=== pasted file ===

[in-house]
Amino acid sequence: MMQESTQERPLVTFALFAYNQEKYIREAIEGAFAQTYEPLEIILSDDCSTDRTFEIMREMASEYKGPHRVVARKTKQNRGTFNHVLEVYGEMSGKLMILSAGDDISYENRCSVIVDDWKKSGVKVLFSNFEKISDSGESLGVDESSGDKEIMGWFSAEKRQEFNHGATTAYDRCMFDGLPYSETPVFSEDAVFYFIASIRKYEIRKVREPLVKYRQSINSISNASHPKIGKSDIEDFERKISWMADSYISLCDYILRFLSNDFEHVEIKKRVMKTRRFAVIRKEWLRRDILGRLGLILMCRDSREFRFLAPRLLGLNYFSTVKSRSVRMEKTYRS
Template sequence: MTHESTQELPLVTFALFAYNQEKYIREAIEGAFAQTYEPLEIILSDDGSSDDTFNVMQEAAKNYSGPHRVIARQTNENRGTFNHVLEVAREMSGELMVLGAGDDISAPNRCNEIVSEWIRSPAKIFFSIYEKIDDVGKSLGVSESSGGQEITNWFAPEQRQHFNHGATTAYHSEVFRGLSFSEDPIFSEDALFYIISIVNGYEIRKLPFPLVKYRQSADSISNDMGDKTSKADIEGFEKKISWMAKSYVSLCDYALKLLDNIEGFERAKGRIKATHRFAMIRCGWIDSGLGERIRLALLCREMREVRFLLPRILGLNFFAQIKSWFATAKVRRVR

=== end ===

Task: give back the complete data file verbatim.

[in-house]
Amino acid sequence: MMQESTQERPLVTFALFAYNQEKYIREAIEGAFAQTYEPLEIILSDDCSTDRTFEIMREMASEYKGPHRVVARKTKQNRGTFNHVLEVYGEMSGKLMILSAGDDISYENRCSVIVDDWKKSGVKVLFSNFEKISDSGESLGVDESSGDKEIMGWFSAEKRQEFNHGATTAYDRCMFDGLPYSETPVFSEDAVFYFIASIRKYEIRKVREPLVKYRQSINSISNASHPKIGKSDIEDFERKISWMADSYISLCDYILRFLSNDFEHVEIKKRVMKTRRFAVIRKEWLRRDILGRLGLILMCRDSREFRFLAPRLLGLNYFSTVKSRSVRMEKTYRS
Template sequence: MTHESTQELPLVTFALFAYNQEKYIREAIEGAFAQTYEPLEIILSDDGSSDDTFNVMQEAAKNYSGPHRVIARQTNENRGTFNHVLEVAREMSGELMVLGAGDDISAPNRCNEIVSEWIRSPAKIFFSIYEKIDDVGKSLGVSESSGGQEITNWFAPEQRQHFNHGATTAYHSEVFRGLSFSEDPIFSEDALFYIISIVNGYEIRKLPFPLVKYRQSADSISNDMGDKTSKADIEGFEKKISWMAKSYVSLCDYALKLLDNIEGFERAKGRIKATHRFAMIRCGWIDSGLGERIRLALLCREMREVRFLLPRILGLNFFAQIKSWFATAKVRRVR